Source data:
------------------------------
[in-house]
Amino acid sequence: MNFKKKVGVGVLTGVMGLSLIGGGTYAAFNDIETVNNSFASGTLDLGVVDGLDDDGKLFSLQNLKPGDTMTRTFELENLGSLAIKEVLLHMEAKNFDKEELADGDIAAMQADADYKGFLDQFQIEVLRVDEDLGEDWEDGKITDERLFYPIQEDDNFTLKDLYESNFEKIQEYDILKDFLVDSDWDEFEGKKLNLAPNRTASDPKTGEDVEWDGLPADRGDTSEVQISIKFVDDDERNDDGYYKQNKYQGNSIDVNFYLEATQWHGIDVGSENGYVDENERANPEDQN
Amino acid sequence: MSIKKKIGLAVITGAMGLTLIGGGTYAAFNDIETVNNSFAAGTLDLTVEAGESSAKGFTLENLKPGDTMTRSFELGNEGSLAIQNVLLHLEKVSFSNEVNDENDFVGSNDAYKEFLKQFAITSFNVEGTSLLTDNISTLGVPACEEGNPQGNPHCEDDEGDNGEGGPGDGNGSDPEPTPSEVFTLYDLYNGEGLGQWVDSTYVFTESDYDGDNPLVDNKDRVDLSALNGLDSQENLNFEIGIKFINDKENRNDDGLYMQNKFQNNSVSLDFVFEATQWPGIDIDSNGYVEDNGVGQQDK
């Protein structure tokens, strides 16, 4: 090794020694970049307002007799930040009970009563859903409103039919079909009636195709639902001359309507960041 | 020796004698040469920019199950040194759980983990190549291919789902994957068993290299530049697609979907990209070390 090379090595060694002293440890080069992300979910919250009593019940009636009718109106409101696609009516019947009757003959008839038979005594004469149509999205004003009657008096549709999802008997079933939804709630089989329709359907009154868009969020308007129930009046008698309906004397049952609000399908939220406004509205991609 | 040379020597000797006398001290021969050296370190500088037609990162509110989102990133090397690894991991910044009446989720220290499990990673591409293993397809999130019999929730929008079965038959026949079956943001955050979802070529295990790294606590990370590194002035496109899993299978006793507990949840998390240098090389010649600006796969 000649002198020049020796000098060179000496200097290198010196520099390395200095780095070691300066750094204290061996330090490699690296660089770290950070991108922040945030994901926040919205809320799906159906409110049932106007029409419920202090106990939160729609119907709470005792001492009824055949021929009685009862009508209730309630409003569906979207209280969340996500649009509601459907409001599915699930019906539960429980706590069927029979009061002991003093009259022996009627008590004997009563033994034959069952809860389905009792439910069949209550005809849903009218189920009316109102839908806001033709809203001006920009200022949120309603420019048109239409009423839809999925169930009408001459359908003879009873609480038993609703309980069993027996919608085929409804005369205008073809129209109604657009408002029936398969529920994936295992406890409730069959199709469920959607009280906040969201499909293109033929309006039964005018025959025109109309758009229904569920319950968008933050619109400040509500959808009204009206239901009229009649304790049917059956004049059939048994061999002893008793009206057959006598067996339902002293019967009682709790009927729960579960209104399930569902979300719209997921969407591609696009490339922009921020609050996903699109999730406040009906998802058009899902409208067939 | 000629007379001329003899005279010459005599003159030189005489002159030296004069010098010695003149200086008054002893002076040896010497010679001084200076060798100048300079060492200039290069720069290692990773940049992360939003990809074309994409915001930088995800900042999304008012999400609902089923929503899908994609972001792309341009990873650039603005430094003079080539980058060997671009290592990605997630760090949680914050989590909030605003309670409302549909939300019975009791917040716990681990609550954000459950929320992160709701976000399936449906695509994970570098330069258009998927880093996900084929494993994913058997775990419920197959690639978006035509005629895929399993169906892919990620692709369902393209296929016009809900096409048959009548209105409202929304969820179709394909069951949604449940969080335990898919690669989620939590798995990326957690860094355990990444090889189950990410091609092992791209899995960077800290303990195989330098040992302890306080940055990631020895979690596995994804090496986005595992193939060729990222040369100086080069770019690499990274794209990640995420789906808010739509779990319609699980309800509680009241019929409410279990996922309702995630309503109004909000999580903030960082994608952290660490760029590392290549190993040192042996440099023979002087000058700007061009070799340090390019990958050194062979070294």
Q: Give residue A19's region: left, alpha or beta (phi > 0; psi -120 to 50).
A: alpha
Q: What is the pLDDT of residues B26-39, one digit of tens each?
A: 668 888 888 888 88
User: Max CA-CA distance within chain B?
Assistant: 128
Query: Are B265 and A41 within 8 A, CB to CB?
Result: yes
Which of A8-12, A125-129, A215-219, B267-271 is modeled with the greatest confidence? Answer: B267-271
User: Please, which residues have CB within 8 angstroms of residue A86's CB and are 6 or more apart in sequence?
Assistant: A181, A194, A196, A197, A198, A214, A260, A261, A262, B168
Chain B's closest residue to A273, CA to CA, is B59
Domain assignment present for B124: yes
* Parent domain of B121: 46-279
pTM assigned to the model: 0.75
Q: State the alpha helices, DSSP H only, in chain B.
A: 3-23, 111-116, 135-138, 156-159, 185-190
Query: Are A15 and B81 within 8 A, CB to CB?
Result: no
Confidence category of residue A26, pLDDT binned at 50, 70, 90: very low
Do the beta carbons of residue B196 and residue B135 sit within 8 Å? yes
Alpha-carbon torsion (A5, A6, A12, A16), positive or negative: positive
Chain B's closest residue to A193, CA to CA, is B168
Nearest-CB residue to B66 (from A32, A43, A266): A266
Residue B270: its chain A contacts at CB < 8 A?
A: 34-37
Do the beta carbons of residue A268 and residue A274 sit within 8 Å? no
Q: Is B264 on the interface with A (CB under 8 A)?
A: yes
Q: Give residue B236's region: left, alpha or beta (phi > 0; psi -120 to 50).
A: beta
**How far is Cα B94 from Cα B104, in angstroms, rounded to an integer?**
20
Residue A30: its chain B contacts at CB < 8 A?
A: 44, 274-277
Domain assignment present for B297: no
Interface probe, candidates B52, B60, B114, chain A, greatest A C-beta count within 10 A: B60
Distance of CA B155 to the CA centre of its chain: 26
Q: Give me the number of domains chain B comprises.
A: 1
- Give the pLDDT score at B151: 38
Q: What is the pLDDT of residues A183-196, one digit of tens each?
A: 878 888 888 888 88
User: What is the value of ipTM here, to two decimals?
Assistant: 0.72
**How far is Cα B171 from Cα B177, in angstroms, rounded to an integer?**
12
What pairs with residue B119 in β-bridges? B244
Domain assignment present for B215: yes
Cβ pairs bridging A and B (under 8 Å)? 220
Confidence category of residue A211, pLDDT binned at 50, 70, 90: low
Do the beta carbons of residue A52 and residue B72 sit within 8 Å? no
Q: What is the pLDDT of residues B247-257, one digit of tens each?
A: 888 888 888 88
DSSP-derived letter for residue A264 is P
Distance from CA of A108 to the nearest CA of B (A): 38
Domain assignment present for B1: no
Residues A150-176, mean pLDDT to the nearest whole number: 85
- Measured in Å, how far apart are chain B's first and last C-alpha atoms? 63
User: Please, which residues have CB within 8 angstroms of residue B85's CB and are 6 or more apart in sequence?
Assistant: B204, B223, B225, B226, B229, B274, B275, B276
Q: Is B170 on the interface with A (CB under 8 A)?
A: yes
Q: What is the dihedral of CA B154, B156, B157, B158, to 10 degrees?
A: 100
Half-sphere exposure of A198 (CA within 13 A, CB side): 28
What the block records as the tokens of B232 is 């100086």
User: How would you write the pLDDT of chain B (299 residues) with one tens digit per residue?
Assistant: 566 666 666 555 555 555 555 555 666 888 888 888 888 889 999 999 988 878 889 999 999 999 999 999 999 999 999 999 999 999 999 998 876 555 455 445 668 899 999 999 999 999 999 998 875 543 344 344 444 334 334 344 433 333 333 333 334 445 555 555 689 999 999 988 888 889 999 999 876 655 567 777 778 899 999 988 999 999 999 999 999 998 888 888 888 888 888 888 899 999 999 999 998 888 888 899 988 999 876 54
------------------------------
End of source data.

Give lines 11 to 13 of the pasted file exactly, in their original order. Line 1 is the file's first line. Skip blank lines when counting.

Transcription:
Query: Are B265 and A41 within 8 A, CB to CB?
Result: yes
Which of A8-12, A125-129, A215-219, B267-271 is modeled with the greatest confidence? Answer: B267-271